Head, Heart, Hands, Health—and History

Georgia 4-H has long been a cornerstone in 5th-grade classrooms across the state. Many Georgians grew up attending Rock Eagle 4-H Center for 4-H camp the summer after their 5th-grade year and have fond memories of those long summer days and the independence taught over a week at camp. Though it sounds like a nostalgic experience of the past, Georgia 4-H lives and breathes right here at Atlanta History Center. 

After realizing that Fulton County lacked a 4-H club in the county’s northern area in 2015, Atlanta History Center founded the Atlanta History Center 4-H Community Club. The organization is a unique partnership with UGA Extension, part of the University of Georgia, and in 2016, UGA Extension Service opened a Fulton County office on our campus. The partnership between 4-H and Atlanta History Center has found success through our shared commitment to extend our mission beyond our campus, strengthen connections with the community, and provide educational, fun, and impactful experiences.

Video courtesy of UGA Extension

What is 4-H?

Georgia 4-H is the youth component of UGA Extension, and it provides kids with opportunities to complete hands-on projects in health, science, agriculture, and citizenship with the guidance of adult mentors. The organization is directed by the College of Agricultural and Environmental Sciences and is provided as a public service by the office of Cooperative Extension.    

The mission of Georgia 4-H is to help youth acquire knowledge, develop life skills, and form attitudes that enable them to become self-directing, productive, and contributing members of their communities. UGA Extension’s 4-H program is designed to further that mission; and Atlanta History Center provides the educational setting—utilizing our extensive gardens, exhibitions, programs, and collections to demonstrate the connection between the region’s history, culture, and people.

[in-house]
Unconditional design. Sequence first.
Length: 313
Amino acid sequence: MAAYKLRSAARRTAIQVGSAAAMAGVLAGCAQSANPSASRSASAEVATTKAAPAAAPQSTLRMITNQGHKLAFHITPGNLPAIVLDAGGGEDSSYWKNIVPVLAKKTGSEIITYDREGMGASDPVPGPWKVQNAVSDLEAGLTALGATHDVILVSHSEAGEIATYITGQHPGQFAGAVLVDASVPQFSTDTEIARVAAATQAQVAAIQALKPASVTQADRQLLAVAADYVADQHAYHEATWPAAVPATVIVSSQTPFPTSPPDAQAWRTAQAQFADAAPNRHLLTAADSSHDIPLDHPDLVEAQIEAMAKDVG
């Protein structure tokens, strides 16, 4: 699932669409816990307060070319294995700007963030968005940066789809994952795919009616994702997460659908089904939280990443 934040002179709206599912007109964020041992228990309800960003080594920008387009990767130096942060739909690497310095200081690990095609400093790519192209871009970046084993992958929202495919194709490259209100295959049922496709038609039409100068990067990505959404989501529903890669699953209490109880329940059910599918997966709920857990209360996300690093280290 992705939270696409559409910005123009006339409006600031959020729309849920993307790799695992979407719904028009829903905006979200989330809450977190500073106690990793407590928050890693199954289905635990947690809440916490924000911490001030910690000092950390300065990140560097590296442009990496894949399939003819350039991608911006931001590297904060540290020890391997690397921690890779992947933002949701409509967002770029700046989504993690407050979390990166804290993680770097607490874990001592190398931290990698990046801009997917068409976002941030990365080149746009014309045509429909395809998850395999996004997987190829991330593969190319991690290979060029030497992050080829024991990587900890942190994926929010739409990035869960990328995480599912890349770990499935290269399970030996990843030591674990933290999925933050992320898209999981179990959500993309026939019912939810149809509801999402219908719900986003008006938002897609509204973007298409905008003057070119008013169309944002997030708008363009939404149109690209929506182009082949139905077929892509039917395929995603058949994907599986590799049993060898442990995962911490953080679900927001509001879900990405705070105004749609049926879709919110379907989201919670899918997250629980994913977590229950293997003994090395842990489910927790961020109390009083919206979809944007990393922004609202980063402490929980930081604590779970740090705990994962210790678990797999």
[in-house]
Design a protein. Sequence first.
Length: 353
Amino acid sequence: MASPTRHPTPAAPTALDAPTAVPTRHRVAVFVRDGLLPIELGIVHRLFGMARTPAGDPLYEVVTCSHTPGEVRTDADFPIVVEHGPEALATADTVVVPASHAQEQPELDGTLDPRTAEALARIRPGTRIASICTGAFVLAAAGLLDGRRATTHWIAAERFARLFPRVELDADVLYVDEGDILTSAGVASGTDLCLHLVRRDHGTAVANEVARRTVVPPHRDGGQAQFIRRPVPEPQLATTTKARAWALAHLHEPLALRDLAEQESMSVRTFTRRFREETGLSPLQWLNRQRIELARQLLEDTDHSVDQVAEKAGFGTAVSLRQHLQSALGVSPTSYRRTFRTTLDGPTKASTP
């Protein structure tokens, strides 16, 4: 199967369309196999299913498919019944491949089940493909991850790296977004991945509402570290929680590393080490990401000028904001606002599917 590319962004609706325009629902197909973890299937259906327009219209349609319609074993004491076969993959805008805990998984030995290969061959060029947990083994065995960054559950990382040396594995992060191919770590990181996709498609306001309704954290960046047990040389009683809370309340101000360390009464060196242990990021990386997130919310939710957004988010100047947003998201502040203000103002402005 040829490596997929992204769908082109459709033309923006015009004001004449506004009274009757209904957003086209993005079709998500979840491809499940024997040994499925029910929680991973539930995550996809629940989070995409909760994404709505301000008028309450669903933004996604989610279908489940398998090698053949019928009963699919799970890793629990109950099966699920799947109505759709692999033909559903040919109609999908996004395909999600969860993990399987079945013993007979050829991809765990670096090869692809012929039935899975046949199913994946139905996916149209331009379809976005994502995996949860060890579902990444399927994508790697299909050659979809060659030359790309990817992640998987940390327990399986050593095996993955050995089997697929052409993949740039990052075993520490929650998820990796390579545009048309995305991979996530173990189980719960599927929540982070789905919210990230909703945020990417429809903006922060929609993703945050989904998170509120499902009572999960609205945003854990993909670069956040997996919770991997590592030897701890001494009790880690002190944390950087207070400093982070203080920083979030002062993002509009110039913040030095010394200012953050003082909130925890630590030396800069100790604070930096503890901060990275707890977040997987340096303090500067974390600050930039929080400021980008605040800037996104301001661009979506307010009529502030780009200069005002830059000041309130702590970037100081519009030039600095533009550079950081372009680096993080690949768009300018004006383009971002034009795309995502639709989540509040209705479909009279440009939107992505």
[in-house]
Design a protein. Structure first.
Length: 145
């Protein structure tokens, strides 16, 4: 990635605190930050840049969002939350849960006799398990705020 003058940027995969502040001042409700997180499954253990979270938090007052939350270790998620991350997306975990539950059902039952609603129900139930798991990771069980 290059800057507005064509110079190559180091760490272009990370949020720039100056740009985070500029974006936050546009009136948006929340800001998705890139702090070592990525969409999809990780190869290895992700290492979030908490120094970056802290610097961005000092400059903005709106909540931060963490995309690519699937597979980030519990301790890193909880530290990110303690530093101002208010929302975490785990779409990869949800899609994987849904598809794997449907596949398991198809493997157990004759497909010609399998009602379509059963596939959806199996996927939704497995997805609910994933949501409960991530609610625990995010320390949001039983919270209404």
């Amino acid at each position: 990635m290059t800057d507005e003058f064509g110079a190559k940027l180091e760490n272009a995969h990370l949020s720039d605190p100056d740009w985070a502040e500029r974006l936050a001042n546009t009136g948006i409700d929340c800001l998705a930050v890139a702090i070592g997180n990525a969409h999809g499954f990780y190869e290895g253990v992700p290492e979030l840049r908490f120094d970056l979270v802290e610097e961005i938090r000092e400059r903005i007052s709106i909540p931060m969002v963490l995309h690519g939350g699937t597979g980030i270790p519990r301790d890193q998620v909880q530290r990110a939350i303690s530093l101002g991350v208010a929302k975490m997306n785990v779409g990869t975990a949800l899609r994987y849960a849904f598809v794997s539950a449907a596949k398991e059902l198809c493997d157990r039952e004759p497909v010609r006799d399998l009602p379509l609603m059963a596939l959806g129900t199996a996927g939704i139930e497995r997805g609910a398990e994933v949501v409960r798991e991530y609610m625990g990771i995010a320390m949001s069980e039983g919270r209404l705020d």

While Georgia 4-H began as a corn and canning club, it has evolved as the premier youth development organization in the state and incorporates a modern focus on STE(A)M, Leadership, Civics, Sustainability, and Healthy Living. Students can learn how to choose the best eggs at the grocery store while at our hen house on the Smith Farm at AHC. They can learn about our state’s rich native history while preparing for a week away at summer camp at Rock Eagle. Students can also learn to identify trees while taking an afternoon stroll through our beautiful woods and gardens. Georgia 4-H provides hands-on learning experiences for young students that, coupled with the Atlanta History Center’s beautiful facilities, will solidify and reinforce the lessons learned inside their regular school classrooms.

The program empowers Fulton County’s young people with valuable skills and supportive guidance to help them take the future into their own hands.

At the local club level, 4-H experiences are as wide-ranging and diverse as the interests of the children involved—3D printing, public speaking, and leadership development are just a few.

What makes the partnership between 4-H and Atlanta History Center successful is our shared commitment to extend our mission beyond our campus, strengthen connections with the community, and provide educational, fun, and impactful experiences.


Fulton County 4-H is housed here at Atlanta History Center under the direction of Sarah Roberts, Vice President of Living Collections and Goizueta Gardens, and Courtney Mixon, Fulton County 4-H & Youth Development Agent. Fulton County 4-H is a free youth development program open to all students who live or attend school in Fulton County. Programs are offered for grades K-12, with many camps, conferences, and events beginning in the 5th grade.  
Atlanta History Center hosts 4-H Day each summer, where local club members and students from across the state are free to explore our museum and 33 acres of Goizueta Gardens and participate in curated activities across our campus. This experience is an opportunity to go beyond the textbook and bridge the urban and rural divide, as Buckhead is not the typical location for a 4-H club. Bringing an organization that has a large agricultural component into the city will always turn heads—Is that a cow in front of Swan House? — while encouraging dialogue across communities. 

For all inquiries about the program and its events and offerings, Courtney can be reached at courtney.mixon@uga.edu. Learn more about Fulton County 4-H here. You can also connect with them on Facebook and Instagram